WORDS BY ADAM DICKINSON | IMAGES BY ALPINE, PHD PHOTO & FERRARI
Last weekend the Circuit Paul Ricard hosted its fourth race of the 21st century, but the nomadic French Grand Prix could be set to vanish from the season once again if reports are to be believed.
With Las Vegas and Qatar set to join the Formula 1 circus, some circuits need to be dropped and the rumoured arrival of a South African Grand Prix adds further pressure.
Something has to give and the French Grand Prix is one of the weakest links, and there’s even reports of the race alternating with Spa-Francorchamps, as was the case with the German for seven years ending in 2014.
Whilst France really is racing history personified, that outcome would be even more catastrophic.
Spa is one of four remaining tracks from the first world championship in 1950 and alongside Silverstone, Monaco and Monza brings a link to the past that can’t be bought or replaced, as well as consistently producing great races.
But there’s a wider point here that goes beyond singular tracks dropping away. Brick-by-brick, the rich vein of heritage that helps make F1 special is being hollowed out, and most worryingly, there doesn’t seem to be an end in sight.
Go back through the annals of any major sport and its spiritual homes quickly become clear.
The Boxing Day Test at the MCG, actual boxing nights at Madison Square Garden, Grand Slam winning exploits on Centre Court, mythical yellow-tinted ascents of Alpe d’Huez or Mont Ventoux, snow games at Lambeau Field recreating Dante’s ninth circle of hell, curse-breaking championships at Fenway Park.
You don’t even have to leave motor racing - there’s a reason the Indy 500 and Le Mans are the only races most casual sports fans know about IndyCar or WEC (sacrilegious to say maybe, but true).
All the venues are effectively cathedrals and are older than some real, consecrated ones. They’re the images people conjure when thinking of their respective sports, and the 1950 quartet frame of that romantic vision of F1.
But now nothing is safe when the simple maths is that F1 has 25 calendar spots, and a lot more than 25 tracks that are either worthy or wealthy enough to host a Grand Prix.
10 circuits on long-term contracts beyond 2030 years - all in North America and the Middle East apart from Albert Park.
Alongside those, Imola, Interlagos, Shanghai, Las Vegas, CotA, Barcelona and the Hungaroring all have at least three more races left to run, so aren’t in immediate danger but will come under threat in the second half of the 2020s.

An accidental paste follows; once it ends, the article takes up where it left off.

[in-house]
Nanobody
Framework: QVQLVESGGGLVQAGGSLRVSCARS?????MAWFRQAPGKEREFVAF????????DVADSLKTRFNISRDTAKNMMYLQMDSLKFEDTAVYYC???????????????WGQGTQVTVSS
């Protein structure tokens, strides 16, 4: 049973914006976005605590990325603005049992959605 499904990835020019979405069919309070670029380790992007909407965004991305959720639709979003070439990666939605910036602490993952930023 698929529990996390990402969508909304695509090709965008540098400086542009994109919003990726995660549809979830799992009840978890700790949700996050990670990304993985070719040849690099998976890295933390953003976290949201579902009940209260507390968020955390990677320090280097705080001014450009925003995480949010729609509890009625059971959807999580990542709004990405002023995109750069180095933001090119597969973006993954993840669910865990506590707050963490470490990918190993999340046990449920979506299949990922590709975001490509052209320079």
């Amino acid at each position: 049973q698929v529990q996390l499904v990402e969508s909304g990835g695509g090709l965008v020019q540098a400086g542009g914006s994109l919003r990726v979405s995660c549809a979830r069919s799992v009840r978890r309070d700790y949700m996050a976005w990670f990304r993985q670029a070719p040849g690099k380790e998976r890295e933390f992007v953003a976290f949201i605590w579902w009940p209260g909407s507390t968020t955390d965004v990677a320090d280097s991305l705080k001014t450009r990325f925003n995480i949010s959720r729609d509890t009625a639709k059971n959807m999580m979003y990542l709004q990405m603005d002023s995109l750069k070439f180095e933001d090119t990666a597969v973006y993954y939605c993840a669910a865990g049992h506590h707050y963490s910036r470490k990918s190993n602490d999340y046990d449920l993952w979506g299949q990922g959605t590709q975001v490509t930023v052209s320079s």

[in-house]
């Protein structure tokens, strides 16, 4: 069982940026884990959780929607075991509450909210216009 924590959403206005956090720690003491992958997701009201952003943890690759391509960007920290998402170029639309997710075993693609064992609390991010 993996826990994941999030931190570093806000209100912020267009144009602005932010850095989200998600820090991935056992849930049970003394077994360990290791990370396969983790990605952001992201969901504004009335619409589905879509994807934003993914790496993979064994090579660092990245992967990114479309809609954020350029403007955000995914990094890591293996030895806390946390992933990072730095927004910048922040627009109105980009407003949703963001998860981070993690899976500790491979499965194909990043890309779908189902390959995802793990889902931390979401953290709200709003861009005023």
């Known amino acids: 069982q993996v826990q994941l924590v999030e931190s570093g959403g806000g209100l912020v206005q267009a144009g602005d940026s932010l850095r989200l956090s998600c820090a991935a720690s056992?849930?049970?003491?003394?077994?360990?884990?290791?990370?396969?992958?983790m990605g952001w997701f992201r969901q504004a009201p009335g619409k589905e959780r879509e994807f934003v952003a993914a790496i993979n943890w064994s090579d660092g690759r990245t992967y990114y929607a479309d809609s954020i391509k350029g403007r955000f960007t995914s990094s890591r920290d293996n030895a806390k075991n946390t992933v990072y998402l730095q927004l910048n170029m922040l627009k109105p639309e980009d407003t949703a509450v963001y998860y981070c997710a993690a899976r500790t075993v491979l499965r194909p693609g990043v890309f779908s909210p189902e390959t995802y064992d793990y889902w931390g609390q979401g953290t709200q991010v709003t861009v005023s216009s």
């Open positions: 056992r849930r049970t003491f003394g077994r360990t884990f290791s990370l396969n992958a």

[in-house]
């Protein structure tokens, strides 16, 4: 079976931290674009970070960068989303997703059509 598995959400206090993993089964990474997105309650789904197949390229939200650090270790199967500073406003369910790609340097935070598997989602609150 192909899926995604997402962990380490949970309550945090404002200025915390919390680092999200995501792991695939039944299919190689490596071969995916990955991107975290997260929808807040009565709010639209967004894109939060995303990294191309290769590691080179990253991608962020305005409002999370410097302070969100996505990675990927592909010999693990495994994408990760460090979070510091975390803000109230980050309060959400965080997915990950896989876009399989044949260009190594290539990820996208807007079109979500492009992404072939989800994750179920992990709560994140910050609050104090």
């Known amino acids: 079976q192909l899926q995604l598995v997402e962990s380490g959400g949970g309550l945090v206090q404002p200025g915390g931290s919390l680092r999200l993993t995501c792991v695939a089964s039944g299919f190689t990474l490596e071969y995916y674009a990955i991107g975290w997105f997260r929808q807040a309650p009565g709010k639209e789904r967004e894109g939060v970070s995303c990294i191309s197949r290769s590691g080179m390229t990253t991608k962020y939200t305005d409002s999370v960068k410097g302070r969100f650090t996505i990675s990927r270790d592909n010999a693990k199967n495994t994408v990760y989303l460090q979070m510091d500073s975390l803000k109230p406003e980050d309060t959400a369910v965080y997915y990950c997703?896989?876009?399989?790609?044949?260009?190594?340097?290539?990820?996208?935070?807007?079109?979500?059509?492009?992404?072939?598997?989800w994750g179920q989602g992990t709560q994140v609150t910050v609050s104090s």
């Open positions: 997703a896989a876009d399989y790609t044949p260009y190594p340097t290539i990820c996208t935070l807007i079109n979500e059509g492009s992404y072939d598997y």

That leaves eight to choose from Spa, Silverstone, Monaco, Monza, France, Zandvoort, Austria, Mexico City, Suzuka and Kylami - the last three crucial for F1’s reach if it’s to consider itself a global championship.
That’s already with fan favourites Hockenheim, Sepang and Istanbul Park leaving the calendar in the last ten years - it’s becoming more and more unlikely that they’ll ever return and though many still live in hope, that’s becoming increasingly unrequited.
And it could be worse - the loss of the Russian Grand Prix has already given an unexpected free spot to one of the more popular tracks.
France shouldn’t just be a pushover. It’s the home of Grand Prix racing, hosted the first race of F1’s inaugural season, has produced the fourth-most race winners in history and one of the sport’s greatest champions.
In more recent times, it’s easy to argue l’Hexagon was the biggest talent F1 factory of the 2010s.
Two of the latest four first-time Grand Prix winners sport the tricolour, and Jules Bianchi would’ve likely joined that group, while Charles Leclerc came up through the system and is the pick of the bunch.
Alone and without a great track, that’s probably not enough to deserve a place on the calendar. It’s produced two straightforward victory parades for Lewis Hamilton and even a second entertaining race in two years would struggle to waft away that staleness around the event.
But that it’s having to choose between heritage that’s woven into the very fabric of the sport, or an entertainment machine like the Red Bull Ring that’s the problem, especially when F1’s returning to soulless snorefest generators year-on-year.
The Miami Grand Prix failed to ignite this season (though its dehydrated ‘marina’ would’ve offered little opposition if it had), Qatar had a very dull debut in 2021 and the new Abu Dhabi track layout is still pretty unproven.
Surely F1 doesn’t need all of them.
Again, this isn’t to say that Paul Ricard has to stay. If it were announced last weekend’s Grand Prix will be the last staged there, not many would mourn it. Sunday’s race would be the ending of a chapter of a very thin book that nobody enjoyed reading.
But its passing would be the biggest alarm bell yet. This has to be a line in the sand for F1.
The 1950 quartet need to be renewed into eternity, a limit placed on American and Middle Eastern races for now, and ideally some exciting, existing and proven tracks start to rebalance the calendar.
All whilst keeping that calendar at a manageable length, and racing on all six habitable continents for the first time since 1993.
Over to you, Liberty.
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